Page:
What information about trichomoniasis should patients receive?

Updated: Jan 02, 2020
  • Author: Darvin Scott Smith, MD, MSc, DTM&H; Chief Editor: Michael Stuart Bronze, MD  more...
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Education concerning STI treatment and prevention is vital (see Prevention). Because T vaginalis infection is strongly associated with the presence of other STIs (gonorrhea, [52] chlamydia, and sexually transmitted viruses such as HIV), providers should provide appropriate counseling, testing, and treatment for such infections.

Upon diagnosis of trichomoniasis, healthcare providers should discuss treatment, including the adverse effects and interactions encountered with metronidazole and tinidazole. It is especially important to warn patients to abstain from alcohol when taking metronidazole and tinidazole. Providers should also address the treatment of sexual partners and, where allowed by law, employ expedited partner therapy. Individuals with trichomoniasis who notify partners of their infection help disrupt the transmission of trichomoniasis and other STIs. [57]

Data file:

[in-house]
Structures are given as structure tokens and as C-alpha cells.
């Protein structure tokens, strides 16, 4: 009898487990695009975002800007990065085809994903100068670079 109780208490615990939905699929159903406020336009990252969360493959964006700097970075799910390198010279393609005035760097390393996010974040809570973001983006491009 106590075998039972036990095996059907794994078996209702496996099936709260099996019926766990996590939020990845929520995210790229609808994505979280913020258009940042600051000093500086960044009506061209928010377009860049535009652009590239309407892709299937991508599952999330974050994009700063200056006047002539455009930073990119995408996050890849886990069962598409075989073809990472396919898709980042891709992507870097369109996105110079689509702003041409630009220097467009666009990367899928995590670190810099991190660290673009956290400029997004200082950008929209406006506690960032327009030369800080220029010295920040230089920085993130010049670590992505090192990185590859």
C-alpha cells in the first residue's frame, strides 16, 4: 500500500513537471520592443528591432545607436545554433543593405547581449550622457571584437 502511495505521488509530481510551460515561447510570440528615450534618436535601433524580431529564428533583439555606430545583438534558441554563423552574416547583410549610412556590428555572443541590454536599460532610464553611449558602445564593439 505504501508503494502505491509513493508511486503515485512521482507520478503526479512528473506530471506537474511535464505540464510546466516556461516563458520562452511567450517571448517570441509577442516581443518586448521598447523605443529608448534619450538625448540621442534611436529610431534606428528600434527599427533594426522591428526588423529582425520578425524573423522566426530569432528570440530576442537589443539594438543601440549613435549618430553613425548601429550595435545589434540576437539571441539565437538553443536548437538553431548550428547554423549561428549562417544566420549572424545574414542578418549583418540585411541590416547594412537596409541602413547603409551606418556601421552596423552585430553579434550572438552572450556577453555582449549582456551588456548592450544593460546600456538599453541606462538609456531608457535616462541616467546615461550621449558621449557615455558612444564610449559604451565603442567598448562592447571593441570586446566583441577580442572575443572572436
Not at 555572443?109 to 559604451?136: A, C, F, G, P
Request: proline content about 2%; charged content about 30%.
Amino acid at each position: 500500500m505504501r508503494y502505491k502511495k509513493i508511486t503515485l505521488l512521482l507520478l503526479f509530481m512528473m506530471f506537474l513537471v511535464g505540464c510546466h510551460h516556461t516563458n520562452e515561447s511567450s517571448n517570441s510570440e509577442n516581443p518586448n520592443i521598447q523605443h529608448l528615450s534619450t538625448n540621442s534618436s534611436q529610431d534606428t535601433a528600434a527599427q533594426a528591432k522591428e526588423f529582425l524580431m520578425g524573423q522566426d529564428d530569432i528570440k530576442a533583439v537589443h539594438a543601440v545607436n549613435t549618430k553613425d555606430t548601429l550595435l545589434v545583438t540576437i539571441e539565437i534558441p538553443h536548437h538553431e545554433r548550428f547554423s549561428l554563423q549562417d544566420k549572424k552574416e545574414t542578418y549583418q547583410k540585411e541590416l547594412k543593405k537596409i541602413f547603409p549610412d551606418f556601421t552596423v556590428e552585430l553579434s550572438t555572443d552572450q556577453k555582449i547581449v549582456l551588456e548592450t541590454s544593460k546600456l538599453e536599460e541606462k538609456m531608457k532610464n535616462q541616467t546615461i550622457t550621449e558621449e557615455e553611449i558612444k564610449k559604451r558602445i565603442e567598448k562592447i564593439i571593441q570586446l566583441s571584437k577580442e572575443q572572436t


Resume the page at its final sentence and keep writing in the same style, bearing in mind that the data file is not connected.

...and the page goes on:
Providers should also discuss methods of preventing T vaginalis reinfection. It may be important to explain that T vaginalis infection may be longstanding and not due to a recent sexual encounter.

The CDC advises providers to consider rescreening sexually active women at 3 months after the completion of treatment. [48] Currently, the CDC makes no recommendation regarding the rescreening of sexually active men, but it may be desired if reinfection is likely. [11]

The CDC does not take a definitive stance on treating trichomoniasis during pregnancy. Studies have shown both positive and negative outcomes of treatment with a single 2-gram dose of metronidazole. Physician discretion is advised. [11] See the patient education fact sheet below.

Patient education fact sheet on trichomoniasis. Patient education fact sheet on trichomoniasis.

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